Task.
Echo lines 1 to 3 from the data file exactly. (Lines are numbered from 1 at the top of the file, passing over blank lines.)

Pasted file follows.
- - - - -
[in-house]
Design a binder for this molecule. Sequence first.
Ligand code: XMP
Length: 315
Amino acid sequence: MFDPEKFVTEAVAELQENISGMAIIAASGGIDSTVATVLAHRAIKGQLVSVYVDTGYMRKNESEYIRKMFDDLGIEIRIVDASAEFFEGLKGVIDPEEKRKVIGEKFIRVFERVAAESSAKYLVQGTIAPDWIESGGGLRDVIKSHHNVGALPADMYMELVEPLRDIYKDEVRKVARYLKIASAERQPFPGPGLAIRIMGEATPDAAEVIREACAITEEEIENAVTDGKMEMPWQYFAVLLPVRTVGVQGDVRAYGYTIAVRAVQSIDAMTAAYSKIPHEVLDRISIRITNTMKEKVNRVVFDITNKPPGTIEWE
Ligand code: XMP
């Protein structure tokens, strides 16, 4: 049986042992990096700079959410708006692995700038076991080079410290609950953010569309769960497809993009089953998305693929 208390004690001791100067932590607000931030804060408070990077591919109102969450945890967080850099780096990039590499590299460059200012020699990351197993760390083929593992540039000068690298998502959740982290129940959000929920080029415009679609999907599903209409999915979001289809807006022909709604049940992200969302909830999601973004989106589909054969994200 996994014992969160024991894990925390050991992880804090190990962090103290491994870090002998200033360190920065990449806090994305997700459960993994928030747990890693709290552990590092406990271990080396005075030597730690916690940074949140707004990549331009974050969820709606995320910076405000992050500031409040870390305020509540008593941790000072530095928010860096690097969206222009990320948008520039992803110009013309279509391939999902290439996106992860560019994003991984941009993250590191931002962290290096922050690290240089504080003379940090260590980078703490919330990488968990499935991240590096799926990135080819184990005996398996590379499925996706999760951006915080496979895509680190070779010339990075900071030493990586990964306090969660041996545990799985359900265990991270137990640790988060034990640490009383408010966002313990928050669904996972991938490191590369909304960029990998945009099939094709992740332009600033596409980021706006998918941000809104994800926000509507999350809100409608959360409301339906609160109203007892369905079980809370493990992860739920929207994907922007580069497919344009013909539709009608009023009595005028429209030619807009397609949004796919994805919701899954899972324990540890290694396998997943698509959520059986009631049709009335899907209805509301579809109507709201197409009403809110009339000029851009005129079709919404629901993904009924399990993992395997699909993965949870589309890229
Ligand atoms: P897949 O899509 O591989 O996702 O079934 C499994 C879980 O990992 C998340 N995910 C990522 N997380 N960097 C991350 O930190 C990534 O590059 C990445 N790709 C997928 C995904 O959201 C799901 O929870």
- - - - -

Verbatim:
[in-house]
Design a binder for this molecule. Sequence first.
Ligand code: XMP